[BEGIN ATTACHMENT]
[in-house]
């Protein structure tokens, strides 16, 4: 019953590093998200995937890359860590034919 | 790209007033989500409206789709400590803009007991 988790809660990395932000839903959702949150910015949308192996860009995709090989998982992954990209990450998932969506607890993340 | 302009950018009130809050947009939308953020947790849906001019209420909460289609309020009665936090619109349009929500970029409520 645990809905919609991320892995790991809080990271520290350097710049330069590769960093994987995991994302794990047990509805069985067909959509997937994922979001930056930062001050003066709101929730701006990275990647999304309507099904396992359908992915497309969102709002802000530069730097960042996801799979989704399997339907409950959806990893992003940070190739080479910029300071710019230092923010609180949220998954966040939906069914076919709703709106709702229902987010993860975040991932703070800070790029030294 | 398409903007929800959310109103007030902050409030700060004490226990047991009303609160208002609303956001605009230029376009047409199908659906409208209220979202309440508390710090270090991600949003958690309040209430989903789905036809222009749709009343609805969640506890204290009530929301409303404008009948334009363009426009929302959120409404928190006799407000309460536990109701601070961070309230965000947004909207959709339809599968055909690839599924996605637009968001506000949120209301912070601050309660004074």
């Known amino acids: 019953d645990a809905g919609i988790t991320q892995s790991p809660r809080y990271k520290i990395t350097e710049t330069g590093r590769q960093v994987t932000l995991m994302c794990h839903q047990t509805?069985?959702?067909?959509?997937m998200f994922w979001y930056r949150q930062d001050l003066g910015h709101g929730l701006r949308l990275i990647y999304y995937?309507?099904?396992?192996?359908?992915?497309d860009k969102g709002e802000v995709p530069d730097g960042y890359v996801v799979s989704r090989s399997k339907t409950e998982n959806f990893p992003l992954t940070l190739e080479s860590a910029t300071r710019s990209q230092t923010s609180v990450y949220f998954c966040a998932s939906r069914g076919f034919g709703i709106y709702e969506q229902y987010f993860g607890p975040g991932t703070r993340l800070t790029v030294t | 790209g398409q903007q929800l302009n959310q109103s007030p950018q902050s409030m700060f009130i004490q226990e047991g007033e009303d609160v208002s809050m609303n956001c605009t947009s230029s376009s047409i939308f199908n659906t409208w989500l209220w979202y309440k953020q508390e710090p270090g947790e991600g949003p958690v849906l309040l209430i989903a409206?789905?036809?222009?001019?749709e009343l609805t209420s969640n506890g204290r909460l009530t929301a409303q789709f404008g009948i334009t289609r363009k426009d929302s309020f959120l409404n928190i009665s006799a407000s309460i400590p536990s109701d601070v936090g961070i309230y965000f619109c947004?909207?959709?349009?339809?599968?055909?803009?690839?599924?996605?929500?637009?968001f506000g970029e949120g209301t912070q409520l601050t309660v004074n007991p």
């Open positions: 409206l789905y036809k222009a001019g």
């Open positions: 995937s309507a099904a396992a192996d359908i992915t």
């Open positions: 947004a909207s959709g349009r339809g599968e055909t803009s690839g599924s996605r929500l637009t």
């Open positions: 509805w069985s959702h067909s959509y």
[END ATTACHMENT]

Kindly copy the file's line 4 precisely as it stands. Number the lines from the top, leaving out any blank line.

């Open positions: 409206l789905y036809k222009a001019g």